If anything is said to the young lady, it should be along the lines of, "I could tell you were very upset by what happened that evening. Anyone would be embarrassed about making that mistake, and the comments people were making didn't help that any, did it? I'm sorry all that left you crying in the bathroom. I think there are some things you and I can work on that will help you to deal better when you are publicly embarrassed or criticized like that, so you can stand  up to those people and not have to leave the group. Would you like that?"

Don't tell her what she felt was wrong. It wasn't. Do teach her how to handle her emotions better. Do teach her how to come up with a witty comeback when a peer teases her. Do give her the skills to cope with her sensitive nature so that she can get along with others with the least amount of hurt.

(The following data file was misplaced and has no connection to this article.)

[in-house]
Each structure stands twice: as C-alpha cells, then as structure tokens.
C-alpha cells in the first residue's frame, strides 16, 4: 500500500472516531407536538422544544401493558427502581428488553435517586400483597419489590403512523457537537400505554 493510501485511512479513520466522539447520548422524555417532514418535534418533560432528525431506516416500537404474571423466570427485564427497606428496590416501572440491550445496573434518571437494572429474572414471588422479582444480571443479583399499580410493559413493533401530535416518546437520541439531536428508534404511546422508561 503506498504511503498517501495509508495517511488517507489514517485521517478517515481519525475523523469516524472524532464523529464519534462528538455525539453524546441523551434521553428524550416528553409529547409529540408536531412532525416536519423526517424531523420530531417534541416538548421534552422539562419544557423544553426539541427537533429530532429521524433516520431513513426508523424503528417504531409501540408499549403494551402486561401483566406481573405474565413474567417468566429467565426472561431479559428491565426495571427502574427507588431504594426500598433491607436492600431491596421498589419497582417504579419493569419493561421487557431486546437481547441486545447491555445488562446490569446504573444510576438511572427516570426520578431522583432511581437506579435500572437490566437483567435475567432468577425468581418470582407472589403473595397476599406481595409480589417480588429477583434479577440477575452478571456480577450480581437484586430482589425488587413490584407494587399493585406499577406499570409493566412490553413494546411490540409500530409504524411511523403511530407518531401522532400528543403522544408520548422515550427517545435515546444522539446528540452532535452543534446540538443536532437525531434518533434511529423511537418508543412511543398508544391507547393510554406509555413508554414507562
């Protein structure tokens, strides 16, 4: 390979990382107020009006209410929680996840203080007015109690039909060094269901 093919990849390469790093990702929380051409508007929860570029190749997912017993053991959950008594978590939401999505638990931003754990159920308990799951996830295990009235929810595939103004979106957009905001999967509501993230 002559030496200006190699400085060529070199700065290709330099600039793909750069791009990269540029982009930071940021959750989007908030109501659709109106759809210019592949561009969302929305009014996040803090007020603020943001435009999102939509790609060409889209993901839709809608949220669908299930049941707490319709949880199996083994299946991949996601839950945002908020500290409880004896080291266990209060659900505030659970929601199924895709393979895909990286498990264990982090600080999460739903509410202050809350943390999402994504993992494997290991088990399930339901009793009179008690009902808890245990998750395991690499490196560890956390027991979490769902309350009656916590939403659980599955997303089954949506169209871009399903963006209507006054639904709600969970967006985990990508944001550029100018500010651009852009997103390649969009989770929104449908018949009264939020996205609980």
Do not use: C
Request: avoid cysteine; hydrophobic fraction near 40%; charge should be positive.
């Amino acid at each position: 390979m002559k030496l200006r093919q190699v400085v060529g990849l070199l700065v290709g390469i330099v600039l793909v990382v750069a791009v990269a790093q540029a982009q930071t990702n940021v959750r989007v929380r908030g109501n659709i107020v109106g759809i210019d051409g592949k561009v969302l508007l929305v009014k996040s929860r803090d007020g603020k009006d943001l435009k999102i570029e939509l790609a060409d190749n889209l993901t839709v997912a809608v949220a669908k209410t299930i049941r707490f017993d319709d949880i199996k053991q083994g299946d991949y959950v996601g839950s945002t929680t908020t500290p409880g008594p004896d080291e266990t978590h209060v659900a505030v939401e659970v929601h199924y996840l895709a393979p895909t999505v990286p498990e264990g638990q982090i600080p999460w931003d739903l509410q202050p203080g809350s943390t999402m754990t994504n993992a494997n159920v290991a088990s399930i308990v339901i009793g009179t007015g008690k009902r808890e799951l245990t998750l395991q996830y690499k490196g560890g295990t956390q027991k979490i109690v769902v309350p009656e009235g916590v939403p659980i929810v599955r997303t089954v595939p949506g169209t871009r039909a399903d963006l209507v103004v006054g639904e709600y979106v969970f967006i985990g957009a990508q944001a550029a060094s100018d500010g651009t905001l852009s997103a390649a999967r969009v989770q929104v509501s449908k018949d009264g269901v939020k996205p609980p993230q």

My parents told me for years that I was "too sensitive" when I reacted to the teasing my brothers subjected me to. Didn't matter if I ran away from them, cried, hid in my room, yelled, hit them--it was all my fault because I was "too sensitive." Decades later, several relatives have told me that they were very concerned when I was a child, because they felt my brothers were too aggressive, too bullying, allowed by my parents to take the teasing well beyond the limit of "fun." But in my family and in those days, you simply didn't comment on the parenting of others.

So I'm always very wary of the "she's too sensitive" comment. All too often, it comes from someone who has crossed the line but is unwilling to admit it.
Nothing is impossible, the word itself says, “I’m possible!” –Audrey Hepburn


ettiquit

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Re: Is this belittling a child? And what to say about it?
« Reply #41 on: June 21, 2013, 04:15:45 PM »
POD to everything Camlan said.

Constantly being called too sensitive and a "drama queen" was pretty damaging for me.